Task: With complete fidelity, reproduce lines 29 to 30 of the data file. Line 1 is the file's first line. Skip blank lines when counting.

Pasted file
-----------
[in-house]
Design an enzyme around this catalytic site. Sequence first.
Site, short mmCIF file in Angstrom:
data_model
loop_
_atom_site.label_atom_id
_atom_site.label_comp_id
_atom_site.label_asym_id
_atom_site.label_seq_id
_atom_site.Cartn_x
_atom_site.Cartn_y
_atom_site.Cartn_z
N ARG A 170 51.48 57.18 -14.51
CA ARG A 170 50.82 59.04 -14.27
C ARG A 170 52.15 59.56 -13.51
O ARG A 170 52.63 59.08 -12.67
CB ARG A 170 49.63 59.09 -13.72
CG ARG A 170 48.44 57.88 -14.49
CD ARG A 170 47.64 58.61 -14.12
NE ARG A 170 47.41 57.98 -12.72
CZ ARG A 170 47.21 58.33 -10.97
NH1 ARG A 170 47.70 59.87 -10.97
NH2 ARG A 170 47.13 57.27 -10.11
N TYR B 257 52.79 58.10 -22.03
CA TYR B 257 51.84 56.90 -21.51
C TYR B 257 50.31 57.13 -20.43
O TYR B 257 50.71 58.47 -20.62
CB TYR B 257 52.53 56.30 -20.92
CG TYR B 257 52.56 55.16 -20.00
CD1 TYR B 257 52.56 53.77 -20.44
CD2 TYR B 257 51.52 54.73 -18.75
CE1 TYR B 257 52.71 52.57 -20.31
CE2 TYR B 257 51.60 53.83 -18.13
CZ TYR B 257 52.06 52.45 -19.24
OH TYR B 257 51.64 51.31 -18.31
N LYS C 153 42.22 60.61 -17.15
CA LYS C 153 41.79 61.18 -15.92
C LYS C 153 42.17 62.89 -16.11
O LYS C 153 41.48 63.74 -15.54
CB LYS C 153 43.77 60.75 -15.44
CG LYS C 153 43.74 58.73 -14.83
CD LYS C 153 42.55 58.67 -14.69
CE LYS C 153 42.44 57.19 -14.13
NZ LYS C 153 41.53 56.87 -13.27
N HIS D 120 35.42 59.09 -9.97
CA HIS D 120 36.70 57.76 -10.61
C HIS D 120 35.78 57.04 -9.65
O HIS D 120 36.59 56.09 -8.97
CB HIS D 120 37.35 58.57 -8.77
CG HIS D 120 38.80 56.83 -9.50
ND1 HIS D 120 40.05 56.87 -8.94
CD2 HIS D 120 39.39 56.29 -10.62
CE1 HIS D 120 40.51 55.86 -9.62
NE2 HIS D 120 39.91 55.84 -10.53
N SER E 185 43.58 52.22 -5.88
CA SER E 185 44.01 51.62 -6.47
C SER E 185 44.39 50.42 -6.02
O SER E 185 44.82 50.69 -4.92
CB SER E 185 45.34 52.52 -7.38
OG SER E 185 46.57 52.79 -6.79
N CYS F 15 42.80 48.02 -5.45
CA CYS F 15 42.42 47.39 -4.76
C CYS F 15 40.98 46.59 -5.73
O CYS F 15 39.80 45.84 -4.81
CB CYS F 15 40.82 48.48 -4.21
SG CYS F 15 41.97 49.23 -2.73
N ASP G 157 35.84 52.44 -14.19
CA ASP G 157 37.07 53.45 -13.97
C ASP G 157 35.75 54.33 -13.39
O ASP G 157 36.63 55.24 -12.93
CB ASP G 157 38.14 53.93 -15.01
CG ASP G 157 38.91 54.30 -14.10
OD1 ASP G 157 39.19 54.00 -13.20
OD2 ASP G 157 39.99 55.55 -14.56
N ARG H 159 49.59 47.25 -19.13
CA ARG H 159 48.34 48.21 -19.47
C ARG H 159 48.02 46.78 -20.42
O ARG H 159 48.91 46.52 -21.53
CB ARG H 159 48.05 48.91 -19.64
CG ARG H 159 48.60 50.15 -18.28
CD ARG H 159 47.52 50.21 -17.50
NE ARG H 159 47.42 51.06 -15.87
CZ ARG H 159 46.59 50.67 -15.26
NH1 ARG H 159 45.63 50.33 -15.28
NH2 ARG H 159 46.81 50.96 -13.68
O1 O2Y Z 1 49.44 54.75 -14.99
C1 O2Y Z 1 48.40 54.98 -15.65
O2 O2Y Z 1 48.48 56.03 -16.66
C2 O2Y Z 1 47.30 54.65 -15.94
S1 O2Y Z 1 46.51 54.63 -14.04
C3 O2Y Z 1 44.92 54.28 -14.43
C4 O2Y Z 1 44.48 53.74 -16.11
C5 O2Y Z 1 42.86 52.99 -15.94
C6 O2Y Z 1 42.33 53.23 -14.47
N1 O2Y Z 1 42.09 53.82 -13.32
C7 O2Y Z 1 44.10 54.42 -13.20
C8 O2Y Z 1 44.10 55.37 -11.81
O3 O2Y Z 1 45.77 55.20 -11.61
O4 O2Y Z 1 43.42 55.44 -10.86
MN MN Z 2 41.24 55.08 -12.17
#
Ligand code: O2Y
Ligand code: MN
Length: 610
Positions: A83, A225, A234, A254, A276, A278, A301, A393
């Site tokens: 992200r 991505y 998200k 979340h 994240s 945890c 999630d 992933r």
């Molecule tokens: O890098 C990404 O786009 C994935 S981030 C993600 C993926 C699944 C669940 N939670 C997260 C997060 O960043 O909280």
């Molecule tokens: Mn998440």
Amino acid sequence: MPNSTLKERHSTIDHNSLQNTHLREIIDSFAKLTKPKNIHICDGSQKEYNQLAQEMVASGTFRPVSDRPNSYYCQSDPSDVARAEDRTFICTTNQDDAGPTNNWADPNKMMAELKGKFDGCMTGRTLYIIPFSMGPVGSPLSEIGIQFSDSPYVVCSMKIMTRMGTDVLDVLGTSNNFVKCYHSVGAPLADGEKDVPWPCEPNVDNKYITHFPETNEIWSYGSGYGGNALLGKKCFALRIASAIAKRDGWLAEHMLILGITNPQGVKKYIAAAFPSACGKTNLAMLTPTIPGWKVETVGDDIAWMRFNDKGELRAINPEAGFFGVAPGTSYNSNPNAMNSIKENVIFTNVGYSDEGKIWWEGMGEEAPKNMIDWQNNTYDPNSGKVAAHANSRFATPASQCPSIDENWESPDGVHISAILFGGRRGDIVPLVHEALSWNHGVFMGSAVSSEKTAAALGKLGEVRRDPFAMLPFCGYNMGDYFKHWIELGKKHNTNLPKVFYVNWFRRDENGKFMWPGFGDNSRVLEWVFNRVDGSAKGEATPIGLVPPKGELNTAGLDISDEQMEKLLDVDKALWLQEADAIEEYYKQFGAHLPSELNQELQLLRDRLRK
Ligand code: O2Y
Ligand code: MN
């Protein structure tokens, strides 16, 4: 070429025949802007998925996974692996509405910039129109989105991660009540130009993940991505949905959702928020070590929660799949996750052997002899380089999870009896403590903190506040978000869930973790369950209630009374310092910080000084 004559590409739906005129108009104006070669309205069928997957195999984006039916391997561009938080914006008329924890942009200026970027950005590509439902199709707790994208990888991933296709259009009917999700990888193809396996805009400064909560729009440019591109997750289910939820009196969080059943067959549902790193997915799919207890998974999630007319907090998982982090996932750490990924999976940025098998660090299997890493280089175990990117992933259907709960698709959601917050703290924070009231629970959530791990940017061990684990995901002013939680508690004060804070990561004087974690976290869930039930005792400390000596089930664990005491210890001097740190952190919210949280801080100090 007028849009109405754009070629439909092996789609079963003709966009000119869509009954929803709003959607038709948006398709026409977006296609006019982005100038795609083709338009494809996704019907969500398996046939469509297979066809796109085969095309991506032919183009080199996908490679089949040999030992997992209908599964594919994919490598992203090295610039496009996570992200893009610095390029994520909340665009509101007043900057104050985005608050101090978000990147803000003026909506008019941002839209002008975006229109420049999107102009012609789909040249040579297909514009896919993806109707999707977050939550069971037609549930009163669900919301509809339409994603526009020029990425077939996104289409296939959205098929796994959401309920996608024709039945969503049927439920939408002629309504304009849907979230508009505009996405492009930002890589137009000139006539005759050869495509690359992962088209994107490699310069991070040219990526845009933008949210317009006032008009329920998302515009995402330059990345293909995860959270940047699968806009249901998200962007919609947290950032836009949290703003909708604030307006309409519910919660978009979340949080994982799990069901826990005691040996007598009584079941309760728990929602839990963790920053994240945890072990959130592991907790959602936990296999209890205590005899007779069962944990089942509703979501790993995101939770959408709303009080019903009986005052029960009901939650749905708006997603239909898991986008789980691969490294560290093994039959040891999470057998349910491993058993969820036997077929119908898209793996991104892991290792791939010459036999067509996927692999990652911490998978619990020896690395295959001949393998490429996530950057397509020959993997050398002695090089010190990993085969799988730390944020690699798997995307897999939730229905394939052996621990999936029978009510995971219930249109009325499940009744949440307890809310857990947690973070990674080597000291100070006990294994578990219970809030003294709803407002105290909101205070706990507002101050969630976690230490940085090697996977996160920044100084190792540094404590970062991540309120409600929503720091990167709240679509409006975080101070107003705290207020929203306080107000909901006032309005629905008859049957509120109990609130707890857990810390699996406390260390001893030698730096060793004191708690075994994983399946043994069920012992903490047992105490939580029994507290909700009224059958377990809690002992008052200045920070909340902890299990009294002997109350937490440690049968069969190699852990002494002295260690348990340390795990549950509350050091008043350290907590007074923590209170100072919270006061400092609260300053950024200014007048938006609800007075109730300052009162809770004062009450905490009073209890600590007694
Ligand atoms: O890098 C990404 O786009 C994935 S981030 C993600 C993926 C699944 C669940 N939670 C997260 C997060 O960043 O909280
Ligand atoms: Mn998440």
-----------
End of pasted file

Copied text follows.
CG TYR B 257 52.56 55.16 -20.00
CD1 TYR B 257 52.56 53.77 -20.44